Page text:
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Is it possible to compute the Jensen-Shannon divergence between a discrete and a continuous probability distribution, e.g. between a standard normal distribution and a distribution taking the values 1,2,3 each with probability 1/3? Or are there any other divergences which can be used as a similarity measure of discrete and continuous distributions.

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  • $\begingroup$ related question: stats.stackexchange.com/questions/69125/… $\endgroup$
    – Pat
    Sep 4, 2013 at 11:11
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    $\begingroup$ I have to ask why you'd want to measure the divergence a continuous and discrete distribution. It doesn't feel like a very natural thing to do at all. If you give us some more details as to what you're wanting to apply it to, people may be able to steer you towards a solution. $\endgroup$
    – Pat
    Sep 4, 2013 at 11:12
  • $\begingroup$ @Pat: This is not uncommon in dynamic state estimation, e.g. the Unscented Kalman Filter (UKF) approximates (using Moment Matching) a d-dimensional Normal distribution by a discrete probability distribution (consisting of 2*d+1 components) with same mean and covariance. Sometimes, the quality can be improved by approximating the original distribution with a more complex discrete distribution. I am interested in a good distance Measure which can be used to perform this kind of optimization. $\endgroup$
    – Igor
    Sep 4, 2013 at 11:36
  • $\begingroup$ Okay. I'm not familiar with the UKF. From what I can read online you take a set of points with the same mean and covariance as your normal distribution, pass them through the system's non-linear transform, and use the transformed points to re-estimate the normal distribution in the new space by moment matching? In that case wouldn't it be best to measure the divergence of the re-estimated normal from the 'ideal' normal (probably what you would get if you used an infinite number of sigma points)? Then you're comparing two continuous distributions to one another, and avoid the problem entirely. $\endgroup$
    – Pat
    Sep 4, 2013 at 12:03
  • $\begingroup$ Yes, this would be the best strategy. Unfortunately, this approach is often computationally burdensome (this obviously depends on the system function), which motivates the use of approximations of continuous probability distributions by discrete distributions. $\endgroup$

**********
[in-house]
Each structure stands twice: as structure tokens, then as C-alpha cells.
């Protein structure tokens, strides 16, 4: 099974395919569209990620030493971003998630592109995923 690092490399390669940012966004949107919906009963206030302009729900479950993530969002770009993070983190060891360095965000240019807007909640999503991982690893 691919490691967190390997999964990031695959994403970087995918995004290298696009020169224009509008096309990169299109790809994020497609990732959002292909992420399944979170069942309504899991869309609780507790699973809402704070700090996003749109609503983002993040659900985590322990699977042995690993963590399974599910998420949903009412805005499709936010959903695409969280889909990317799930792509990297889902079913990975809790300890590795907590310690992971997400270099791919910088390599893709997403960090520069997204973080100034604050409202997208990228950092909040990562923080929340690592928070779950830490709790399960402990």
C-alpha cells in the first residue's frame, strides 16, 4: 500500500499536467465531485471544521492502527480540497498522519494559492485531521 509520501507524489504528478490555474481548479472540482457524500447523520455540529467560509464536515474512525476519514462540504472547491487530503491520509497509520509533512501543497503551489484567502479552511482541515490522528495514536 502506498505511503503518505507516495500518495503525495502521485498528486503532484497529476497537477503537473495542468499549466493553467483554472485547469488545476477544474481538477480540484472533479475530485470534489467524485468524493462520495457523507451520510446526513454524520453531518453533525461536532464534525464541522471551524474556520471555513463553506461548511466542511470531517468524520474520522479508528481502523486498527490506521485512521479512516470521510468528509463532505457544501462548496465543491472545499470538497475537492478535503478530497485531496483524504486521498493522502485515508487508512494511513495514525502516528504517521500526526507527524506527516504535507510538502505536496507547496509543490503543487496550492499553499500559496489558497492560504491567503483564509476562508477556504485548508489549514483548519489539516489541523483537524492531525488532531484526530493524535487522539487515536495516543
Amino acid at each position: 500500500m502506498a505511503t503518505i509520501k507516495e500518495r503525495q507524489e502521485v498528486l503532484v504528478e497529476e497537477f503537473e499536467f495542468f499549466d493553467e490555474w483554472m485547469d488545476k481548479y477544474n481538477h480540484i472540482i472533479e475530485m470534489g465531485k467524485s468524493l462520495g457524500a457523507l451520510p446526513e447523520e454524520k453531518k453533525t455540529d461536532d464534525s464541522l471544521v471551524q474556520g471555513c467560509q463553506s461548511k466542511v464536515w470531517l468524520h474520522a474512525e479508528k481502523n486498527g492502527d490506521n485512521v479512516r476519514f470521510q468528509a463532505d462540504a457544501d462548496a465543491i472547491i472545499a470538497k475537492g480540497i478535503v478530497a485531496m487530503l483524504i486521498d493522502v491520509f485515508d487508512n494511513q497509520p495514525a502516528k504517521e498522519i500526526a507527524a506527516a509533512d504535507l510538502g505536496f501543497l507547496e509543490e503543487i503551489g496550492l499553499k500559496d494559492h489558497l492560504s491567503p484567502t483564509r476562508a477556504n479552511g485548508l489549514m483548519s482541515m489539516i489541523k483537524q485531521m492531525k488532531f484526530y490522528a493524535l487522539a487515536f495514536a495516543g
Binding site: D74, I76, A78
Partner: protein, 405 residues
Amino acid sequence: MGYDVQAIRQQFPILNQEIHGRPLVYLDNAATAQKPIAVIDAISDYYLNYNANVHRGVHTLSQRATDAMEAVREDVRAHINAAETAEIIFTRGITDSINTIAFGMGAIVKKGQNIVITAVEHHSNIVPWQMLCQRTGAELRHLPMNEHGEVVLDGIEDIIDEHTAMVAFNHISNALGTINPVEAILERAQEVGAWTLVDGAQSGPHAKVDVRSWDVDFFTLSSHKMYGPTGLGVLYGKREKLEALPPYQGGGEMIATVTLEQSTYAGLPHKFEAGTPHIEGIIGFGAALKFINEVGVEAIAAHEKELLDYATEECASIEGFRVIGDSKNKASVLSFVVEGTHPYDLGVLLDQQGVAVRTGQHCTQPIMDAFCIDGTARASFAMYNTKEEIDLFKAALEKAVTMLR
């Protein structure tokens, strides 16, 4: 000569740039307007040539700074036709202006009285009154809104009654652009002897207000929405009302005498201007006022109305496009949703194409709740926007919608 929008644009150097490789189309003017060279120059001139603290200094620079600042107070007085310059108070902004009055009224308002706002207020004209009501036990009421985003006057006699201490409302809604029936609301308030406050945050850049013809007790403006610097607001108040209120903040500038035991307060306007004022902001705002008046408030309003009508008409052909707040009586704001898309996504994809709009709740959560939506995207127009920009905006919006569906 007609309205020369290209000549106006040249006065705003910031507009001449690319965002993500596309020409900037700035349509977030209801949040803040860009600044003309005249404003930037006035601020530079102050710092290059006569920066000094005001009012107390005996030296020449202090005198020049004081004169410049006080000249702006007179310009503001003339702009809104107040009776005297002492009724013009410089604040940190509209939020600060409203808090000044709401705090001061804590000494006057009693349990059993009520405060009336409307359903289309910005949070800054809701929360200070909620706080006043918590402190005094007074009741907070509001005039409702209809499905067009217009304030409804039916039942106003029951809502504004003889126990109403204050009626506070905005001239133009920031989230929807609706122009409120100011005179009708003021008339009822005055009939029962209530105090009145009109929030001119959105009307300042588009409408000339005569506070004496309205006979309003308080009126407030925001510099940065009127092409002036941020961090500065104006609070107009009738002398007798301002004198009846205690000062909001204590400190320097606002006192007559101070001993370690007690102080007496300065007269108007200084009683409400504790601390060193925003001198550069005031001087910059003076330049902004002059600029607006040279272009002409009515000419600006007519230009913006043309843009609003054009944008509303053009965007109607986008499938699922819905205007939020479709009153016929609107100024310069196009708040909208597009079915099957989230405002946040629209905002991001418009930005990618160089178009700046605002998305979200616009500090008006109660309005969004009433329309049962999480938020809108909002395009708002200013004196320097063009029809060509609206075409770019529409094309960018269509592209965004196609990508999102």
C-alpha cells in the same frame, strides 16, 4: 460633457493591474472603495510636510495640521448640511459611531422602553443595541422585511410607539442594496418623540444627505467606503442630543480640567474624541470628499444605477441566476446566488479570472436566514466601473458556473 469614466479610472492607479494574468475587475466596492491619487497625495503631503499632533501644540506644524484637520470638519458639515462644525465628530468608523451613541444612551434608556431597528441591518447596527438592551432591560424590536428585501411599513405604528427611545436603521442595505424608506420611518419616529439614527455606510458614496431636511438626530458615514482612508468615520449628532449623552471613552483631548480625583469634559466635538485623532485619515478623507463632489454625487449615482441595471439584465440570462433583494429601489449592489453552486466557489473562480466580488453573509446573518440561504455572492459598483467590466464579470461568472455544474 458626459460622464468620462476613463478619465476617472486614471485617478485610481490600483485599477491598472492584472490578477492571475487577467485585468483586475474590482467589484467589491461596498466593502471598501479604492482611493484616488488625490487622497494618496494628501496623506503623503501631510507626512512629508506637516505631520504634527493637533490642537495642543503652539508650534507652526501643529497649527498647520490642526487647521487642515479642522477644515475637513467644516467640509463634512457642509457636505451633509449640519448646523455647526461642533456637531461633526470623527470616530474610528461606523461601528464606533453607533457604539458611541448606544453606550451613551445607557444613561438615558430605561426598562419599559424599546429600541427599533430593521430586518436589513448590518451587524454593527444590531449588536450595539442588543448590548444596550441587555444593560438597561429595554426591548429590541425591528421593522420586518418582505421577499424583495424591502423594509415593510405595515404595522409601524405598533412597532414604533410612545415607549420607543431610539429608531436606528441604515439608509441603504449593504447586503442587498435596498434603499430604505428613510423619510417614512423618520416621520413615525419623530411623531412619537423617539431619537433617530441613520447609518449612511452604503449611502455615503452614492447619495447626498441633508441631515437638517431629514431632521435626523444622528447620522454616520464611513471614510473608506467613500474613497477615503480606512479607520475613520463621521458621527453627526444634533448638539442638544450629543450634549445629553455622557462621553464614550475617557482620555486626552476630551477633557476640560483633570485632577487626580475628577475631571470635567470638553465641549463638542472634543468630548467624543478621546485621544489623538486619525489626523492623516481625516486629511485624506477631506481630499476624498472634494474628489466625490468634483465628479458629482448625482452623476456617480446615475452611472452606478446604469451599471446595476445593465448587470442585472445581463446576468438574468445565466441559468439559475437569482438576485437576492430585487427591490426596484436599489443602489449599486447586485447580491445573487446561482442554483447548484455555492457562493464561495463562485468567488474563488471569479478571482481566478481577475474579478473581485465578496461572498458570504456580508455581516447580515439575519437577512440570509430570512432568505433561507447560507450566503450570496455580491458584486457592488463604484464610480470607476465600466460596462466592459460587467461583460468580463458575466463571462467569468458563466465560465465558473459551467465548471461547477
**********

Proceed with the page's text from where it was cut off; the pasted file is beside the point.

– Igor
    Sep 4, 2013 at 12:51

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I'm going to answer a more general question, generalizing your question as well as my answer here about KL:$\DeclareMathOperator{\supp}{supp}\newcommand{\R}{\mathbb R}$

Suppose that $P$ and $Q$ are probability measures such that $P(\supp Q) = 0$. Consider an $f$-divergence $D_f(P \| Q)$; what values can it take?

If $P$ is continuous (in the usual sense: absolutely continuous w.r.t. Lebesgue measure on a domain $\mathcal X$) and $Q$ is discrete (with support $\supp Q \subset \mathcal X$ at most countable), then $P(\supp Q) = 0$. Also, the Jensen-Shannon is an $f$-divergence.

The usual definition of an $f$-divergence is something like $$ D_f(P \| Q) = \int_{\mathcal X} q(x) f\left( \frac{p(x)}{q(x)} \right) \mathrm dx ,$$ but this definition has (at least) two problems for our purposes: it assumes both $p$ and $q$ have (standard) density functions, and it's not clear what to do if there are $x$ where $q(x) = 0$, or (for many choices of $f$, which diverge at $0$) where $p(x) = 0$.

To address these problems: let $\mu$ be any reference measure such that $P$ and $Q$ are each absolutely continuous w.r.t. $\mu$, i.e. for any measurable set $A \subset \mathcal X$ with $\mu(A) = 0$, we have $P(A) = 0 = Q(A)$. Let the Radon-Nikodym derivatives of $P$ and $Q$ with respect to $\mu$ be $p$ and $q$. Then we can define the $f$-divergence as (see Definition 7.1 of Polyanskiy and Wu, Information Theory) $$D_f(P \| Q) = \int_{\supp Q} q(x) f\left( \frac{p(x)}{q(x)} \right) \mathrm d\mu + f'(\infty) P(\mathcal X \setminus \supp Q).$$ The $f'(\infty)$ term handles situations when $q(x) = 0$ but $p(x) > 0$: in those cases the integrand becomes $0 \times f(\infty)$, and this term acounts for that with integration by parts. What's a derivative at infinity? It's defined here as $\lim_{t \searrow 0} t f(1/t)$; we'll evaluate this for specific $f$ divergences in a moment.